Trump Administration Increasing Prosecution for First-Time Border Crossers in Arizona
Washington, D.C.—Human Rights First today condemns U.S. Customs and Border Protection’s Tucson Sector’s decision to increase referrals for criminal prosecution of individuals—including asylum seekers—who cross the U.S. southern border for the first time. Human Rights First notes that this practice increases the likelihood that individuals coming to the United States to seek asylum—a legal act—are penalized, detained in federal prisons, and in some cases deported without a chance to have their asylum claims heard in violation of U.S. legal and moral obligations.
“Seeking asylum is not a crime. This change in practice in Tucson reflects a deeply flawed approach by the Trump Administration. At a time when the majority of people arriving at the southern border are coming here to seek asylum, the government should be developing a response that comports with U.S. treaty obligations and ensures access to the asylum process,” said Human Rights First’s Olga Byrne. “By prosecuting asylum seekers for coming to the United States to seek protection the Trump Administration is essentially criminalizing legal conduct.”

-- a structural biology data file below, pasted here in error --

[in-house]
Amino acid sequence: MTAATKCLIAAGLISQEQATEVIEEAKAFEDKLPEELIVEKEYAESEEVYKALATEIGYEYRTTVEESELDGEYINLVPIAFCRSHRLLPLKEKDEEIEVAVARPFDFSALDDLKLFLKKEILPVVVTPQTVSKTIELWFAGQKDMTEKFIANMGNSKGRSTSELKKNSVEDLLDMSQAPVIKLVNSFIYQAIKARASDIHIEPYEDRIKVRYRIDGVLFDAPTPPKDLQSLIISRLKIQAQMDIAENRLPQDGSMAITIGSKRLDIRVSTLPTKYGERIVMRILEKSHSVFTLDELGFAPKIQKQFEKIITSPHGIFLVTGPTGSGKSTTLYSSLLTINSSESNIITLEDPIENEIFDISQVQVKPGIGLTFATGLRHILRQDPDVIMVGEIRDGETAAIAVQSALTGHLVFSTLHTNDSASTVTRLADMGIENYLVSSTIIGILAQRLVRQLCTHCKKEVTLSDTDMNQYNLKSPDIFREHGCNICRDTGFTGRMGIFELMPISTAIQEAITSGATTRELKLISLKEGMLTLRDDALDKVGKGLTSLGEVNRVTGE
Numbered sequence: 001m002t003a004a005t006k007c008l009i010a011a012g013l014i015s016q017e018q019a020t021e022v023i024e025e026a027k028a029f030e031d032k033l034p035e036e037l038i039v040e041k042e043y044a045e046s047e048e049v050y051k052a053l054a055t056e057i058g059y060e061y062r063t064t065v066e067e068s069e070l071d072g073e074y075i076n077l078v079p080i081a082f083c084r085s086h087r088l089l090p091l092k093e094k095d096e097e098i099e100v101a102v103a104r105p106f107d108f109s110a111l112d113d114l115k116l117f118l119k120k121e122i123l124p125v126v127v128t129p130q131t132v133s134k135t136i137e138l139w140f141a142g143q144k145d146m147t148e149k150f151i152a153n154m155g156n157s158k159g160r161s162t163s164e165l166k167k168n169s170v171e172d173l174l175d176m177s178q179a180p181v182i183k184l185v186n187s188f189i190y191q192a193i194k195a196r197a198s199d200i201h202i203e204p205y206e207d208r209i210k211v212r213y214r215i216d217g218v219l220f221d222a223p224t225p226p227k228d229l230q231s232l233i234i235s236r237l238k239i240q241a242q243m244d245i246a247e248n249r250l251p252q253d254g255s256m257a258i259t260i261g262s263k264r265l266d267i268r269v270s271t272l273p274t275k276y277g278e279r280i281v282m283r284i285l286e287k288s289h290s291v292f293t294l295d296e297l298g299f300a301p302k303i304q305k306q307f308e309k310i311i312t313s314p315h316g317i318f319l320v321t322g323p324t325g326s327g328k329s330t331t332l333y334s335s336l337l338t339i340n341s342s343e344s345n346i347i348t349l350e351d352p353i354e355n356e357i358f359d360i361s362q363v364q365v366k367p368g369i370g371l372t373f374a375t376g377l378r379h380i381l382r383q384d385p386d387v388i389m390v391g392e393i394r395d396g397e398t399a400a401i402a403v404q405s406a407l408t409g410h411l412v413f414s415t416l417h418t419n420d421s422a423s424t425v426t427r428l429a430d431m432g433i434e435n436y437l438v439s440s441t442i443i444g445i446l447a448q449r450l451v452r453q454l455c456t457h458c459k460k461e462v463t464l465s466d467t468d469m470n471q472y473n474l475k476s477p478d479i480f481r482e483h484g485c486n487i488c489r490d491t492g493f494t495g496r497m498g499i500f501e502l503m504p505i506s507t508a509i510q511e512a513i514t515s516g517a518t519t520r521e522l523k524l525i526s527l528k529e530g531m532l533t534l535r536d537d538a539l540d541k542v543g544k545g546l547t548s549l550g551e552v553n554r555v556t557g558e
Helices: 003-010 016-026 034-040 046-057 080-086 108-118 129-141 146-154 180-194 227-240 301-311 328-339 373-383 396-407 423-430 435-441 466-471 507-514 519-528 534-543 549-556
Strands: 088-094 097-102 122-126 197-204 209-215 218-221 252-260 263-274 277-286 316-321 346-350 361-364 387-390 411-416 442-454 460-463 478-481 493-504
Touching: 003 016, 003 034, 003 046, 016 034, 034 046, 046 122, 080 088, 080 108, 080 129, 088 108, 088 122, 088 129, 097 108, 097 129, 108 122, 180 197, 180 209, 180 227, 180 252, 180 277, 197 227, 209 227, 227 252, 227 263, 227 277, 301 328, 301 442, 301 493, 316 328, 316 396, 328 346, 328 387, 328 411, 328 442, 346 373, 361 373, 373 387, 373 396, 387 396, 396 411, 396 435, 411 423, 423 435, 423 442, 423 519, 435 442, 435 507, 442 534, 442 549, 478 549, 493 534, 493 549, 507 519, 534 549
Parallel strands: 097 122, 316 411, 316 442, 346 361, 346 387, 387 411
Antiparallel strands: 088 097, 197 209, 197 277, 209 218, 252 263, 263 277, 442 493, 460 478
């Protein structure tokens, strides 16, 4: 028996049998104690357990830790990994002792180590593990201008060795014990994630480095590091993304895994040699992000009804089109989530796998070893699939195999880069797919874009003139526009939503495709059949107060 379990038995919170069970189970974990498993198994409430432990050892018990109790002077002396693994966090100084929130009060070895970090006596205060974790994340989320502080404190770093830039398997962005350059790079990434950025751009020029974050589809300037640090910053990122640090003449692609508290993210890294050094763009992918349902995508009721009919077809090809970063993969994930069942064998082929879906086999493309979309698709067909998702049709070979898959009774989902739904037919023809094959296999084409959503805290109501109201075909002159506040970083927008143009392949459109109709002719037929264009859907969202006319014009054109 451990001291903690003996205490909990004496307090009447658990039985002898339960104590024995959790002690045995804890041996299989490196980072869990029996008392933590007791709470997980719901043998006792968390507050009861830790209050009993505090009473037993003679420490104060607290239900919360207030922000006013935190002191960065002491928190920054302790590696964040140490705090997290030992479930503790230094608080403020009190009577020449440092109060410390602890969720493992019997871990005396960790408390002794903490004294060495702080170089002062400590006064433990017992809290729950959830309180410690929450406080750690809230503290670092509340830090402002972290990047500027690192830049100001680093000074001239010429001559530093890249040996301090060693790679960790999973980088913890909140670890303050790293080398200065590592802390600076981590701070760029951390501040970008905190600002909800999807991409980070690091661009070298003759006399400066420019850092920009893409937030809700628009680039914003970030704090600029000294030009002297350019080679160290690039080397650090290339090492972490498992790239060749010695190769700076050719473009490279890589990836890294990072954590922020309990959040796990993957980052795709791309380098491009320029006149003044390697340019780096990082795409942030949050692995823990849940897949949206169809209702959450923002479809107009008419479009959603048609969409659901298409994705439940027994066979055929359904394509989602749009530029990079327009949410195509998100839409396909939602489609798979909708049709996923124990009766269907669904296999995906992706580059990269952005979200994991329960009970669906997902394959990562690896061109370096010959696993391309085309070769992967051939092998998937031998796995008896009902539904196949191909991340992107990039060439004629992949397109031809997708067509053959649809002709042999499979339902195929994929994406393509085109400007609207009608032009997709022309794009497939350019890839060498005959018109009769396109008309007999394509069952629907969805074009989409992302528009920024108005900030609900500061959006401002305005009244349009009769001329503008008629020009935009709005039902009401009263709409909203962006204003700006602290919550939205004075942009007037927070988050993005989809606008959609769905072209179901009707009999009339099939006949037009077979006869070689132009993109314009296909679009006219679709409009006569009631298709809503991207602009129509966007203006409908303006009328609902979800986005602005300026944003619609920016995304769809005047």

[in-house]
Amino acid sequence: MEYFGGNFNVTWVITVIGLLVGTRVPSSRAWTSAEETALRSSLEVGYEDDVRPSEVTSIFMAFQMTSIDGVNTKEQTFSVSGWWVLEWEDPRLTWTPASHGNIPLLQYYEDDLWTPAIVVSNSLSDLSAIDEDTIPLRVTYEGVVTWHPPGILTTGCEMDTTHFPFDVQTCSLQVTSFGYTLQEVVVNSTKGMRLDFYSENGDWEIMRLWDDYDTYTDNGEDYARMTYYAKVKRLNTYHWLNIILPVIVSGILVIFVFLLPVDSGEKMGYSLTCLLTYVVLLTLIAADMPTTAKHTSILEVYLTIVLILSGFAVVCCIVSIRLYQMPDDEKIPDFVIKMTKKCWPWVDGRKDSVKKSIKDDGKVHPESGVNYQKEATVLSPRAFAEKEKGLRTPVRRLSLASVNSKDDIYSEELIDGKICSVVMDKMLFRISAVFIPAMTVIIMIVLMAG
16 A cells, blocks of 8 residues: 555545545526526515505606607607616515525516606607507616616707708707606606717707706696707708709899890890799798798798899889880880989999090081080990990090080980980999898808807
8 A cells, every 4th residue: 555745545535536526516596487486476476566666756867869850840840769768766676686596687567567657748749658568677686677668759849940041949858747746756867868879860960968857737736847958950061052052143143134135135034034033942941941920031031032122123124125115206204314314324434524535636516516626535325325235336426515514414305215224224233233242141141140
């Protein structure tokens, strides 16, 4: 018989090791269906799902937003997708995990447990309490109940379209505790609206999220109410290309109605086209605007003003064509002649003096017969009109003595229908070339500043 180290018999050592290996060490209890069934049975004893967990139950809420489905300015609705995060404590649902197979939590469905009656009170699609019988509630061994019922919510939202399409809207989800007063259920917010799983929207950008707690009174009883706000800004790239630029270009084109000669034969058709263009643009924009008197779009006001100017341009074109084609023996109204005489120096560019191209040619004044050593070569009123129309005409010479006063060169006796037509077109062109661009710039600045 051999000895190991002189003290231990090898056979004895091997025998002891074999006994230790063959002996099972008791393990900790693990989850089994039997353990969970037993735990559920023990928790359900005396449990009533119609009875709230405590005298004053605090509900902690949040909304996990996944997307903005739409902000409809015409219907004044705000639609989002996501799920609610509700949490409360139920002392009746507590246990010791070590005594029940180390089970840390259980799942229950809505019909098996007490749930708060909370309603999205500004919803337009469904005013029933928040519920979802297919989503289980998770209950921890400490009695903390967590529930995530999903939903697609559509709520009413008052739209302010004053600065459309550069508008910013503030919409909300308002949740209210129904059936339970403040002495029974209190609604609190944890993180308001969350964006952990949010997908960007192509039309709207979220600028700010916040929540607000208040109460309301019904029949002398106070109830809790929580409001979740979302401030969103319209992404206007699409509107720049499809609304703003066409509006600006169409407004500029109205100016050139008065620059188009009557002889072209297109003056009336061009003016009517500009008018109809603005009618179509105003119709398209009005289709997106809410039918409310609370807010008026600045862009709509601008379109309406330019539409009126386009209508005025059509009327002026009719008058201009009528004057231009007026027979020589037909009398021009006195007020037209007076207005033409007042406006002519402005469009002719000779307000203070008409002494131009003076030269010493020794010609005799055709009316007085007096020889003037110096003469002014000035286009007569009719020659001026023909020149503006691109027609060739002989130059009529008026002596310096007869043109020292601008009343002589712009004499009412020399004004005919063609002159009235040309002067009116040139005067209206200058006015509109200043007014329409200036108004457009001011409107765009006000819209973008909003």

On January 25, 2017, President Donald Trump issued an executive order calling on the Department of Justice (DOJ) to make the criminal prosecution of immigration offenses a “high priority”—notwithstanding the fact that criminal prosecutions for immigration offenses already made up more than half of all federal prosecutions nationwide. These directives fail to mention U.S. treaty obligations that prohibit the penalization of refugees for illegal entry or presence—protections that were created in the wake of World War II, when many nations treated refugees who sought asylum in their countries or fled on invalid travel documents as “illegal” entrants.
Next week Human Rights First will release a new issue brief that documents the rise in criminal prosecutions under the Trump Administration.